FEATURE STORY

Greening Building Design with the Click of a Mouse

October 2, 2014

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Photo: Trinn Suwannapha/World Bank

STORY HIGHLIGHTS
  • A new online tool created by the IFC is helping developers and homeowners find the most efficient ways to reduce a building’s energy and water use and lower its greenhouse gas emissions.
  • The effort pays off for owners and tenants by lowering monthly heating, electricity, and water bills while also reducing their climate impact.
  • South Africa recently launched the first of several planned certification programs for buildings that meet the EDGE standard of using 20 percent less energy, water, and embodied energy in building materials than their peers.

Small changes can make a big difference in the efficiency of buildings. Determining the most effective changes hasn’t always been easy, though, and resource-efficient homes and commercial buildings used to be rare in emerging markets.

As part of the effort to expand energy and resource efficiency around the world, the World Bank Group through its private sector arm, the International Finance Corporation (IFC), recently debuted an online tool called EDGE that allows anyone, from contractors to hospital managers to homeowners, to model the efficiency of a building using various options and alternative materials.

The tool illustrates the cost savings and greenhouse gas reductions possible from choices such as efficient heating and cooling systems, natural ventilation, water-saving plumbing, and buildings materials with lower environmental impact. The effort pays off for owners and tenants by lowering monthly heating, electricity, and water bills while also reducing their climate impact.

“EDGE quickly and easily demonstrates the business case for building green in emerging markets,” said Prashant Kapoor, IFC’s principal green buildings industry specialist.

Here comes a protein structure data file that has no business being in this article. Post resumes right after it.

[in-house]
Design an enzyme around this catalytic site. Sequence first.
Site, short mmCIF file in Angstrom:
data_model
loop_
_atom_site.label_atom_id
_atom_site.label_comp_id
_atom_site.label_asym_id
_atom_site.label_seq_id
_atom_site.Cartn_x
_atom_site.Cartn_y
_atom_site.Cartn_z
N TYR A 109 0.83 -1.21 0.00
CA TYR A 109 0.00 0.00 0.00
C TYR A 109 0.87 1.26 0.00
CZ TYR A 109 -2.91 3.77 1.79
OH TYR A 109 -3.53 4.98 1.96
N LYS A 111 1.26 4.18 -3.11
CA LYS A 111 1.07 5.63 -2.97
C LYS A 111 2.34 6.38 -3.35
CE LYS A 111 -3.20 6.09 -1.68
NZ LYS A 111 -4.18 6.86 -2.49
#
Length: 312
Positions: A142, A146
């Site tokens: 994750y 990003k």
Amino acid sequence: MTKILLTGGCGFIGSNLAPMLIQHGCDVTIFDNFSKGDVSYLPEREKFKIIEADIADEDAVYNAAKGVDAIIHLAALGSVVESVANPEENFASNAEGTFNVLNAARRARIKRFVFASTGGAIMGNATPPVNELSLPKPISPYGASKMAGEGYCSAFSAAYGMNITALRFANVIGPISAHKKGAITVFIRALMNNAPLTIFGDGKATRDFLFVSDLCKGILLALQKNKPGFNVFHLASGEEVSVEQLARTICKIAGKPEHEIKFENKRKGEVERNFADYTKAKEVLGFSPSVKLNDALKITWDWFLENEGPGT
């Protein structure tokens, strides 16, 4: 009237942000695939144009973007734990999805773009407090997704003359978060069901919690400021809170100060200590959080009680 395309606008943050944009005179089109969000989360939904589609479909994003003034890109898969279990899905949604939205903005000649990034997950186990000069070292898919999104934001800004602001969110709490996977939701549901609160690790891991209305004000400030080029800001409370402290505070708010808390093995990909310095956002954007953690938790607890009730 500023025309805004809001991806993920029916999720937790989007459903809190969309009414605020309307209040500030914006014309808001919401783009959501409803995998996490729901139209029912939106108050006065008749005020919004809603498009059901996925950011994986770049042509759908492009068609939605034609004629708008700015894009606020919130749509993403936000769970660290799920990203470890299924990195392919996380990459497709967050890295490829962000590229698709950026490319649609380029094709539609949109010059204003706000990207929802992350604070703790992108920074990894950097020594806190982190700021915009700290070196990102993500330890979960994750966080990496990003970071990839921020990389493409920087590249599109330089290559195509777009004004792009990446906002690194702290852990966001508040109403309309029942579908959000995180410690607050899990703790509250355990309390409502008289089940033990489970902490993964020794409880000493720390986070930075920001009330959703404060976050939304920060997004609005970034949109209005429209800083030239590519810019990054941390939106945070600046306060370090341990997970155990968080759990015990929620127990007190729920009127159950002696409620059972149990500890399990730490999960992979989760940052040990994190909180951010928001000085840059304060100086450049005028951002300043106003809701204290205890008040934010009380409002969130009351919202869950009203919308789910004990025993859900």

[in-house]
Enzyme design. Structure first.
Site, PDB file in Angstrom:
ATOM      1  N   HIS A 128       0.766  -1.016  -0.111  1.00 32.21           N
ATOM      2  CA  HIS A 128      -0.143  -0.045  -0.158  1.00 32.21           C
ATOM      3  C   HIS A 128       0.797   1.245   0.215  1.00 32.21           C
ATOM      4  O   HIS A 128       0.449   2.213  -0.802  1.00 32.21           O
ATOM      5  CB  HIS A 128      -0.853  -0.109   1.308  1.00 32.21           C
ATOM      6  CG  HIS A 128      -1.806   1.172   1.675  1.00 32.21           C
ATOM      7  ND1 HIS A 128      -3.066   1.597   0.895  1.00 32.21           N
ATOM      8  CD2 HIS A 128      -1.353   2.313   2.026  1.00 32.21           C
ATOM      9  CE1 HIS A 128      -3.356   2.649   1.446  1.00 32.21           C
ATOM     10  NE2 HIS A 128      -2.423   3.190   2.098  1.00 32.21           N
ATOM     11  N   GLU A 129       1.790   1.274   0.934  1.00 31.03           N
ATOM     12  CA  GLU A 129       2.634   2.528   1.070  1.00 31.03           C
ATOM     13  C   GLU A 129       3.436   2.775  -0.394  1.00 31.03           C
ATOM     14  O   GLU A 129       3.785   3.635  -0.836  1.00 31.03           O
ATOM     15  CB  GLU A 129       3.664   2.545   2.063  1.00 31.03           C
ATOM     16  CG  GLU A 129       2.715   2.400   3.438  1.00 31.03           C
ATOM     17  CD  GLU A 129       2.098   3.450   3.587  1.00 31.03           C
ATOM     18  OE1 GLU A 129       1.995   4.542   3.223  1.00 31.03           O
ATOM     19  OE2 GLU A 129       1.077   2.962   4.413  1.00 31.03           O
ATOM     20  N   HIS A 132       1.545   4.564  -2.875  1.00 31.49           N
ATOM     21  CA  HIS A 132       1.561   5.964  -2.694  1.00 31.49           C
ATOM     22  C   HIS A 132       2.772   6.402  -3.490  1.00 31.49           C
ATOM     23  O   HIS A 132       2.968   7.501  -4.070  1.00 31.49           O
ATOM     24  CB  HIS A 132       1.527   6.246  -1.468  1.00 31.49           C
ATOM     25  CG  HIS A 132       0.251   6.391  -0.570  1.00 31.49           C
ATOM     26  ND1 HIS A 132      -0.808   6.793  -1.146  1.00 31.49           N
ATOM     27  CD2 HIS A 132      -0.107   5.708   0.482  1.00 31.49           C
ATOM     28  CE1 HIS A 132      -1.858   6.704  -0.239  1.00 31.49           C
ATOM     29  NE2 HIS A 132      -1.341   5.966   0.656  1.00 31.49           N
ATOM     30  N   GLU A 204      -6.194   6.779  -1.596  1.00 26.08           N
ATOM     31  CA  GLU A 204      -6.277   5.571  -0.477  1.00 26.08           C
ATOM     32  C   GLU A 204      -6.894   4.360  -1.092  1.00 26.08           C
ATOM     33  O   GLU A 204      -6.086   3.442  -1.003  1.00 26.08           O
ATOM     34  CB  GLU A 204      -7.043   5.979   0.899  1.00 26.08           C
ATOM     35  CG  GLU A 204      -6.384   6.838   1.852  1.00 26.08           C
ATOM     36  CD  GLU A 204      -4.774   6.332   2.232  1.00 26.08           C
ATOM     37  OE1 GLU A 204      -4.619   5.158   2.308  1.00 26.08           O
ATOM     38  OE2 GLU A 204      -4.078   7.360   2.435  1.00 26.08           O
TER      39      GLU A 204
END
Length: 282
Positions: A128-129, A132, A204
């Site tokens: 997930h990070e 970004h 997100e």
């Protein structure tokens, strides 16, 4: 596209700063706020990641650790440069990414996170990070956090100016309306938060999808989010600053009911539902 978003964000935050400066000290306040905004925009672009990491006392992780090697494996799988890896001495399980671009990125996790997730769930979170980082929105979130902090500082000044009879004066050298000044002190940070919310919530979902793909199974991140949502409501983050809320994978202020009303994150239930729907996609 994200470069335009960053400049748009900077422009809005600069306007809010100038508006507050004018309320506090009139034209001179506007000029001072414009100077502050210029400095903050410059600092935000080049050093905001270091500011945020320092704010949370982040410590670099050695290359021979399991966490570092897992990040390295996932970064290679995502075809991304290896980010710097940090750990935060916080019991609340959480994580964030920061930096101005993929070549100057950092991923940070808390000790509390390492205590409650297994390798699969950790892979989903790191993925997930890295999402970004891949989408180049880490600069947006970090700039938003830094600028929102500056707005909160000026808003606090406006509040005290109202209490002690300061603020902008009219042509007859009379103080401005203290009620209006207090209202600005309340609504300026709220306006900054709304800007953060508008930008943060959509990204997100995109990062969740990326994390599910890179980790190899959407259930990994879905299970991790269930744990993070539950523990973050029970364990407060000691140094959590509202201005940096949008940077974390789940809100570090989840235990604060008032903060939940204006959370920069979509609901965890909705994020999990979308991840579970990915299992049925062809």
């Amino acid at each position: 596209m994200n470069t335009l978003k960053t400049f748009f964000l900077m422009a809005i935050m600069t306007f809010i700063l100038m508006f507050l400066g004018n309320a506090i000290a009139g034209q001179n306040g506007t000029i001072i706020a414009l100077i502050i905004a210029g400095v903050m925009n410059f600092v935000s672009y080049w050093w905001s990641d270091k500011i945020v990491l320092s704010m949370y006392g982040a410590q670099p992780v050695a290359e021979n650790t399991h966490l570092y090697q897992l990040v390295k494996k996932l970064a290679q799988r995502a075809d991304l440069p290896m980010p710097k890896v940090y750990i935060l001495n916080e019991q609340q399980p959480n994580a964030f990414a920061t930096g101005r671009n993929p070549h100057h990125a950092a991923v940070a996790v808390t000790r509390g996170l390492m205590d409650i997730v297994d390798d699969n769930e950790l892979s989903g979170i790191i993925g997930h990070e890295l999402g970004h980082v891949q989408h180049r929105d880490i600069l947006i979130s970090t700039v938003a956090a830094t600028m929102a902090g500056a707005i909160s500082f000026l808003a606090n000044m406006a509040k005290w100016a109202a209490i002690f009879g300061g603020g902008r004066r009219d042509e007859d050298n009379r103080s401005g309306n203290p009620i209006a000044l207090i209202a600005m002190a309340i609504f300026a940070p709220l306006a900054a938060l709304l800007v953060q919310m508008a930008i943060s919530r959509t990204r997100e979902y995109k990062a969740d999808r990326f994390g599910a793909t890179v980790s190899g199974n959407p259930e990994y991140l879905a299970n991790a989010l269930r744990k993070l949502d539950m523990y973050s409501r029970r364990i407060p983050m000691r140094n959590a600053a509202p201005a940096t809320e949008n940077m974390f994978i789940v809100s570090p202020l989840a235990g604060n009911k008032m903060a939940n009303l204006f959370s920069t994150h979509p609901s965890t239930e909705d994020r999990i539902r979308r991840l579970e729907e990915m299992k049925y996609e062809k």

For example, in a typical high-end commercial building in Jakarta, a designer could choose to reduce the amount of glass to see how much energy could be saved. The designer could also test shading the glass to reduce energy demand. EDGE also offers options such as using a better air conditioning system or higher-quality glass. For each option, it presents the resulting reduction in energy consumption as well as incremental costs.

Adding ceiling fans to office spaces in an average-sized, six-story office building in New Delhi, as another example, could cut energy use by 16 percent. Insulating the roof and walls could reduce energy use by 10 percent more, while using energy-efficient light bulbs throughout the building could provide an additional 16 percent in energy savings. EDGE, which stands for “Excellence in Design for Greater Efficiencies,” offers climate-specific information for more than 100 countries.



" EDGE quickly and easily demonstrates the business case for building green in emerging markets. Our intention is to help mainstream the construction of resource-efficient residential and commercial buildings by bringing together governments, green building councils, financial institutions, developers, and homeowners. "